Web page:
Last week’s episode of American Crime Story: The People v. O.J. Simpson, “100% Not Guilty,” ended on a darkly funny note with Simpson entering the courtroom and being shocked at what he sees. His defense team soon follows and is also surprised. Director Anthony Hemingway then pans the camera left to show assistant district attorney Christopher Darden sitting with the prosecution, now part of its team.
“When did they get a black guy?” Simpson asks his attorney, Johnnie Cochran. Prosecutor Marcia Clark then notices Cochran and Robert Shapiro looking over at them and gives them a knowing raise of the eyebrows and smile. Though Clark and her team essentially let the defense have the jury it wanted, it briefly seems as if the prosecution won a small victory. Go ahead and try to play that race card when we have a black guy on our side too.
However, this week’s “The Race Card” demonstrates that the prosecution may have won a brief battle, but it was a tiny triumph. This isn’t just a strategy for Cochran; it’s a war he’s been fighting his whole life.
The episode begins with a flashback to 1982, as Cochran (Courtney B. Vance) is taking his two young daughters to dinner. Driving a Mercedes-Benz through an upscale part of Los Angeles immediately attracts the attention of a police officer who pulls Cochran over. This is obviously a routine Cochran has been through before and he reminds his kids of how to behave in such a situation.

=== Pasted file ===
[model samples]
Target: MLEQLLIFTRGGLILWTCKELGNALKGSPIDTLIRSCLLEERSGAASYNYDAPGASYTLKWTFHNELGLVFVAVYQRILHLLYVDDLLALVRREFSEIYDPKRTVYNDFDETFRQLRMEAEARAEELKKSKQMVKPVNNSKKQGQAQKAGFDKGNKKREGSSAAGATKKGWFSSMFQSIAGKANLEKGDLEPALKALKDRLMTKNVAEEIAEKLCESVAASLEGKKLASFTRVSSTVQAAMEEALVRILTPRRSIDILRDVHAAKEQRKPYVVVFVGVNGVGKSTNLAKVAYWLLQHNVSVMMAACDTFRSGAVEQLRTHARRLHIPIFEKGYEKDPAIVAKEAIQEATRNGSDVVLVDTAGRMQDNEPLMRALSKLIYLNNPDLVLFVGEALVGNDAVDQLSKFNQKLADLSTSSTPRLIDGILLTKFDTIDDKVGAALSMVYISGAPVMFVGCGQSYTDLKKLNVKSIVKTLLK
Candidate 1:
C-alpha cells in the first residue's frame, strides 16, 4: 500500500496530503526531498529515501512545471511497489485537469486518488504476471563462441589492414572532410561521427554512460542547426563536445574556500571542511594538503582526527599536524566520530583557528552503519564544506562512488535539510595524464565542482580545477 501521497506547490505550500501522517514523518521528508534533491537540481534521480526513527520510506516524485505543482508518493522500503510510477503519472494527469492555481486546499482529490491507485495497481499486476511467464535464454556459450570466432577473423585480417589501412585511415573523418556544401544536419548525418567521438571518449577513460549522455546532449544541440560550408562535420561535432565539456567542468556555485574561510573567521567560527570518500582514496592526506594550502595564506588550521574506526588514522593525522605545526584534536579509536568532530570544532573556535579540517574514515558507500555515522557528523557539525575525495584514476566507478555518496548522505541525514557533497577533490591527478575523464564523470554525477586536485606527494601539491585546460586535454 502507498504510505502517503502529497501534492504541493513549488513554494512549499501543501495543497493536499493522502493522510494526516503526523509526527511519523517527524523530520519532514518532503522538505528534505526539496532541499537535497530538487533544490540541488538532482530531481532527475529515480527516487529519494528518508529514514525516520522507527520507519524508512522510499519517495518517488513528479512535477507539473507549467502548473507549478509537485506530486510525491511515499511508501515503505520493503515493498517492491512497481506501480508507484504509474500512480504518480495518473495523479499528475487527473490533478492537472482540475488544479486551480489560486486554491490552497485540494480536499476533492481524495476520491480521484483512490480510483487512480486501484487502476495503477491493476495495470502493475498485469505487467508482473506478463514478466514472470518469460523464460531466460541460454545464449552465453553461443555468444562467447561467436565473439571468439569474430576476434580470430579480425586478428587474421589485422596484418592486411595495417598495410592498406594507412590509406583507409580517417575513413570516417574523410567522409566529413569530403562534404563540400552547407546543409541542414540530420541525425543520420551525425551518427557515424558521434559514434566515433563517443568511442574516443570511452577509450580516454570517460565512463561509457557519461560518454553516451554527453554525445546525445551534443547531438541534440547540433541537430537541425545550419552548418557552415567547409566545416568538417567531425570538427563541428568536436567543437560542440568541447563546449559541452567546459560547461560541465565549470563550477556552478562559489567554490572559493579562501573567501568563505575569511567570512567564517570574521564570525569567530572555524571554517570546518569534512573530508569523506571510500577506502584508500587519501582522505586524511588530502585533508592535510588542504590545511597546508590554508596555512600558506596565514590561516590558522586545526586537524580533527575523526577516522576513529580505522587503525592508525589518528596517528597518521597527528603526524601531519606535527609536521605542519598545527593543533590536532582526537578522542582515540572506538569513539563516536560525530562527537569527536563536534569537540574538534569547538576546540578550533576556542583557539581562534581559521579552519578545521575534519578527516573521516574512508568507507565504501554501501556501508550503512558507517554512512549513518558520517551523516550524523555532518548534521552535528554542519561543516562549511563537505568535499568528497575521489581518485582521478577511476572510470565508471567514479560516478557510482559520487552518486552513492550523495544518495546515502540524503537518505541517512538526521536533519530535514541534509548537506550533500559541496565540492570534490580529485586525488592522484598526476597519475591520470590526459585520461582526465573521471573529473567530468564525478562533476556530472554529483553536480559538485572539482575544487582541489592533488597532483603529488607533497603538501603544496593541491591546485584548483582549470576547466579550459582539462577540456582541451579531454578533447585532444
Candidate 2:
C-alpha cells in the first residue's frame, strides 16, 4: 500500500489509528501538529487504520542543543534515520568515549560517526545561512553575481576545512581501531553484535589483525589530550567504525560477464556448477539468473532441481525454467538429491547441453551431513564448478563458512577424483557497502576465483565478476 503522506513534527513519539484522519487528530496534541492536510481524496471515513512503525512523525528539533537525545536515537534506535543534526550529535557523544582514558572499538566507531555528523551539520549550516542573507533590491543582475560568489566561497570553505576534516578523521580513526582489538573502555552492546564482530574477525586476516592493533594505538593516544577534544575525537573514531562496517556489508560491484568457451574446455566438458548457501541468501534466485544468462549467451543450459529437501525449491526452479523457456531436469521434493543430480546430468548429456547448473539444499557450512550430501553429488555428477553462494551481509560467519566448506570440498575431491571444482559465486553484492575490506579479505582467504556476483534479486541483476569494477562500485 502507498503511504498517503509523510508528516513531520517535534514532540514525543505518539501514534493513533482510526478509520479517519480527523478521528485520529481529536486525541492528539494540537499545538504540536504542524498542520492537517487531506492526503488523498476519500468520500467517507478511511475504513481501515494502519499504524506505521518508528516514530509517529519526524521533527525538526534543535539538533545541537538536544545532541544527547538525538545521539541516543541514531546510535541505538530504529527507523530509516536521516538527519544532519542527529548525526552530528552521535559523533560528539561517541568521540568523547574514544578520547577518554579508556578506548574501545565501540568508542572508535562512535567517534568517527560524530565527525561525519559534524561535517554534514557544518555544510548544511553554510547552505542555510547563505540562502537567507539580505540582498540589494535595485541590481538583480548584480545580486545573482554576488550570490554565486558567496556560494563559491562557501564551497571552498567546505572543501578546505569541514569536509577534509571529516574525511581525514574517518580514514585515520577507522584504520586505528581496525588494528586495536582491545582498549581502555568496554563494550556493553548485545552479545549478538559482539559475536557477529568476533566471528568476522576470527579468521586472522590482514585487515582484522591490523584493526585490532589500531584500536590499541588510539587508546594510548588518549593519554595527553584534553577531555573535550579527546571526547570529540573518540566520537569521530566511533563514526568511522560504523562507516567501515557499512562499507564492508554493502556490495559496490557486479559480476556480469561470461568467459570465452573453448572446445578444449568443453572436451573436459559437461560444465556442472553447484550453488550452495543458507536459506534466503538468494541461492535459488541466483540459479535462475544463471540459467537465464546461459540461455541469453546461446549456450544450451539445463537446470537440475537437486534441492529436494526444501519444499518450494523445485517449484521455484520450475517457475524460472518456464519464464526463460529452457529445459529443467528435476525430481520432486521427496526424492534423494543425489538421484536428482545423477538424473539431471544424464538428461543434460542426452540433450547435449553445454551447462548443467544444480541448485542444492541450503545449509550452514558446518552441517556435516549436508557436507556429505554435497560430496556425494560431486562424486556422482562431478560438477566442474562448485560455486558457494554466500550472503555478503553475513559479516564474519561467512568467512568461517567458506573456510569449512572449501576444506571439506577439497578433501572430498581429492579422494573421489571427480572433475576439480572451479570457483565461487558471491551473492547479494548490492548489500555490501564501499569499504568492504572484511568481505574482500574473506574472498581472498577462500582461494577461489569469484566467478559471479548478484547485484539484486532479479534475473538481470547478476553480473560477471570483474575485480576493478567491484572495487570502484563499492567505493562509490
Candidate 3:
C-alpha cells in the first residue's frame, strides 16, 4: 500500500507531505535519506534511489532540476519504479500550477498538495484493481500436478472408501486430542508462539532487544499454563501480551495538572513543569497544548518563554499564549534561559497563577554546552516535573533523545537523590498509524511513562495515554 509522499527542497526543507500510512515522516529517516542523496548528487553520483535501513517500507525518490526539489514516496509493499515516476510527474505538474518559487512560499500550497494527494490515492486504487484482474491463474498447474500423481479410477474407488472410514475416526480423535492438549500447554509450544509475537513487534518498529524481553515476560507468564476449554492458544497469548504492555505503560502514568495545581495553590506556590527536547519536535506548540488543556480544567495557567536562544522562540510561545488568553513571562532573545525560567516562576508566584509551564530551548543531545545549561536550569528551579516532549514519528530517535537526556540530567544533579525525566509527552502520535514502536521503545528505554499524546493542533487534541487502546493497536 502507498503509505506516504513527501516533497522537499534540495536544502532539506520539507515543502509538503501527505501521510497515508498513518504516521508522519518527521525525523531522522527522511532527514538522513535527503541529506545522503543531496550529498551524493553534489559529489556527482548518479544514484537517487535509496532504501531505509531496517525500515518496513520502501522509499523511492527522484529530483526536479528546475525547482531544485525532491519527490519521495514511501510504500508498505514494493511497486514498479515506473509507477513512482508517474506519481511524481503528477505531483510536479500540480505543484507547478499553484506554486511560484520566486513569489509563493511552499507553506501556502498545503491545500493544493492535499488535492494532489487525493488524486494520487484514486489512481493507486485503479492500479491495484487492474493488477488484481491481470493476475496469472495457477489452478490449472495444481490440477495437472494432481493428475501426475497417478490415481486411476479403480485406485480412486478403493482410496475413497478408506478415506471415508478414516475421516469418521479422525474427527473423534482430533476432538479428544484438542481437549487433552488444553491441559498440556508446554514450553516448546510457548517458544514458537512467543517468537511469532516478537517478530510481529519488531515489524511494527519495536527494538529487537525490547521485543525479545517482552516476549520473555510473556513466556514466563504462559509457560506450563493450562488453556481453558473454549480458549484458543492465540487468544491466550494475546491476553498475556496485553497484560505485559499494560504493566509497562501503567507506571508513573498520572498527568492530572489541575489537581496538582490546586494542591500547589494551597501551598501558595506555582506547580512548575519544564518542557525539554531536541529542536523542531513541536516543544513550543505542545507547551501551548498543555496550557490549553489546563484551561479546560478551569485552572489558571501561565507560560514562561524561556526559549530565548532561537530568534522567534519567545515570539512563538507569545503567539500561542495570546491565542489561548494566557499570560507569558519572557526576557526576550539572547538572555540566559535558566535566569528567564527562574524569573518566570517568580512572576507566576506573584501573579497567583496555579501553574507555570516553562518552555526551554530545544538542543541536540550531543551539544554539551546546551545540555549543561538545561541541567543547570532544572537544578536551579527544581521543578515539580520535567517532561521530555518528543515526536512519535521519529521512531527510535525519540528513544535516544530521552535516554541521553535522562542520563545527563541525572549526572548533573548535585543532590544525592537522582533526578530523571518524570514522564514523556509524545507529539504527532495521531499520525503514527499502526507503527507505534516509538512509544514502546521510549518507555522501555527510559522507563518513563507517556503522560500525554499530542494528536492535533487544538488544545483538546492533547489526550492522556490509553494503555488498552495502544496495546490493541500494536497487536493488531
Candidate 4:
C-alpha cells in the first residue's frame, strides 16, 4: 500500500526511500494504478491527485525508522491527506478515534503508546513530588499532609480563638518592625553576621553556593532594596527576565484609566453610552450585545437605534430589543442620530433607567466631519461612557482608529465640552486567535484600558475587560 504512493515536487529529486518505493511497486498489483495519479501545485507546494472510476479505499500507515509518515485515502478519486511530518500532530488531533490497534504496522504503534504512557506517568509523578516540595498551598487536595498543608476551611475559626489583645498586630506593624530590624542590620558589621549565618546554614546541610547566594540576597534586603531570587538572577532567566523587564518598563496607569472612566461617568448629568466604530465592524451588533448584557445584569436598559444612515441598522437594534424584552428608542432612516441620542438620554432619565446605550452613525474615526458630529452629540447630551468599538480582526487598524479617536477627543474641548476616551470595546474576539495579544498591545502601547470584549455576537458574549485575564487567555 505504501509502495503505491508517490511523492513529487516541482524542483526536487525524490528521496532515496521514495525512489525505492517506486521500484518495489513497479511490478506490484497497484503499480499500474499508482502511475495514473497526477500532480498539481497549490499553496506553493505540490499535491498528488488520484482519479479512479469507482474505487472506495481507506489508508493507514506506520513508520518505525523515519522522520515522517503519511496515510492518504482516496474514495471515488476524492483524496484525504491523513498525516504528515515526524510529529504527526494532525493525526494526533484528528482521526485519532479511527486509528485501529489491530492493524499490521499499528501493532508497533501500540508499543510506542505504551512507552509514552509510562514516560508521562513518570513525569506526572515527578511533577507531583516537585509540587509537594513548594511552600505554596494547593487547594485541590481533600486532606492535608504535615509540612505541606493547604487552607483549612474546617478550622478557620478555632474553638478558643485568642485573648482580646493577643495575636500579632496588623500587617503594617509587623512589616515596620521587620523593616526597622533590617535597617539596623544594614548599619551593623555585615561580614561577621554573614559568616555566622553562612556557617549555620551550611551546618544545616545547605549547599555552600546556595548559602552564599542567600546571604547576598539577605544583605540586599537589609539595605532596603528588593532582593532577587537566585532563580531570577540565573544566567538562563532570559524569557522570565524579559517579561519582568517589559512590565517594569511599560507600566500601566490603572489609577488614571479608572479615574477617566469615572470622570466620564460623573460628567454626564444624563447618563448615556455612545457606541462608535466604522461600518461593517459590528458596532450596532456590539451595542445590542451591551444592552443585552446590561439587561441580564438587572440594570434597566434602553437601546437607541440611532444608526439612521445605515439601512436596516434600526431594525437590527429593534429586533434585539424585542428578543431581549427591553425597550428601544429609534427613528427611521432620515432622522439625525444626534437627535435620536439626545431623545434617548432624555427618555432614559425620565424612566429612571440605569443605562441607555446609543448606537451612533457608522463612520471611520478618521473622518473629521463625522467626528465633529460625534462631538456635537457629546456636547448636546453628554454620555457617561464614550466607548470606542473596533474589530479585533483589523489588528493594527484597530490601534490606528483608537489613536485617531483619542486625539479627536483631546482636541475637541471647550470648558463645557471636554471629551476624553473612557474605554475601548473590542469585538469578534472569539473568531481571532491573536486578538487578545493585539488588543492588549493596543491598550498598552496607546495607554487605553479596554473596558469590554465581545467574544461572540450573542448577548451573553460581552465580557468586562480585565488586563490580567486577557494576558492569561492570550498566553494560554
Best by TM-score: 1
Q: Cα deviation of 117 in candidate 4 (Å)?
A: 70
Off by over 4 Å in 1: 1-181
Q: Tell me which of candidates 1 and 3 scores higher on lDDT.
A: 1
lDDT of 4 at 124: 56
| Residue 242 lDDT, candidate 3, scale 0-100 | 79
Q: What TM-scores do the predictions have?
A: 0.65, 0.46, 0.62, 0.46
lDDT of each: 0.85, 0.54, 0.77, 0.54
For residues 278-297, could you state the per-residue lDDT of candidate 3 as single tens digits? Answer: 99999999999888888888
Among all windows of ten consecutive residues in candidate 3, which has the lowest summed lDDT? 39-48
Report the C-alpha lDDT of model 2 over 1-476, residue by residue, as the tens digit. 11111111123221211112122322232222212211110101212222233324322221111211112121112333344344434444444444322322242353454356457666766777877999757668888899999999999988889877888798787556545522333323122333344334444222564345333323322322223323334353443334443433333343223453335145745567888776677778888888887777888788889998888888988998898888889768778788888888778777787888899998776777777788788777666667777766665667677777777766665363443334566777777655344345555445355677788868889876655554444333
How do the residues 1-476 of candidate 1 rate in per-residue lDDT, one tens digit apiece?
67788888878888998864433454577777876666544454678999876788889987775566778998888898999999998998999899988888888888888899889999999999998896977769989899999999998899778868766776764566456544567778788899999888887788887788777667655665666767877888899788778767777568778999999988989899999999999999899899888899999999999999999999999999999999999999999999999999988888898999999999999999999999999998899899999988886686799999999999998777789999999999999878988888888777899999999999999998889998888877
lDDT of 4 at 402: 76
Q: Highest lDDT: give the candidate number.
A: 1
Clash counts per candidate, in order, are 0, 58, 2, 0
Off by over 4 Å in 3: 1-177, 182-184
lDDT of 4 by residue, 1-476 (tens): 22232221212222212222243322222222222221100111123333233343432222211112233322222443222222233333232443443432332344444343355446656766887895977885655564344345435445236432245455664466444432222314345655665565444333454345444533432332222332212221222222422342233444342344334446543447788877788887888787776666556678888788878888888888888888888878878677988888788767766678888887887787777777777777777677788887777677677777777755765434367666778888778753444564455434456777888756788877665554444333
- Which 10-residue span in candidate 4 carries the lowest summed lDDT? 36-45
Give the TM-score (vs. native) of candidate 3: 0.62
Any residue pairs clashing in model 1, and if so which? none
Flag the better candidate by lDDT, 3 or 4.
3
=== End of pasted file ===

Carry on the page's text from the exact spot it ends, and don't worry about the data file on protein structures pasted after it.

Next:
Cochran quickly objects to the traffic stop when it becomes apparent that the officer pulled him over for no good reason. The officer then asks Cochran to step out of the car, bends him over the hood and handcuffs him. Cochran (impeccably dressed, by the way) then tells the cop to call in his license and find out who he is. If he doesn’t, he’ll regret it. Of course, the officer takes that as a threat and leaves Cochran laid out on the hood while he checks the license. In the meantime, white people shopping and having lunch at sidewalk tables stare. It’s humiliating.
Soon, the officer comes over, unlocks the handcuffs, and tells Cochran to “Have a nice night, Mr. Assistant District Attorney.” But the damage is done. The onlookers saw a black man pulled over and handcuffed. Cochran’s daughters are terrified, asking their father if the officer called him the N-word. “No,” he says, “he didn’t have to.” He then tells his daughters to never use that word; it’s a terrible word.
The writers and producers of The People v. O.J. Simpson have insisted all along that one of the series’ objectives is to show viewers what wasn’t previously known, to tell the story that hasn’t been told. Even if that was an appeal to people hesitant to watch because they feel like they’ve already seen this saga play out, there’s some truth to this assertion. The best example may be the storyline involving Cochran and Darden. If it was public knowledge, I certainly don’t remember that the two had a mentor-protégé relationship.
Now on opposing sides in the courtroom, Darden (Sterling K. Brown) treads carefully and respectfully toward the man who’s advised him throughout his career. But Cochran isn’t letting personal feelings get in the way of his goal. He tells the press that Darden is being used as a tool by the prosecution team in front of a largely black jury. That infuriates Darden, but also taps into his insecurities. Is he a deserving third chair for the prosecution, or is he being used by Clark because he’s black? Those suspicions are all but confirmed when Clark tells him that he’ll be prepping Detective Mark Fuhrman, whose racist beliefs were a matter of record, for trial.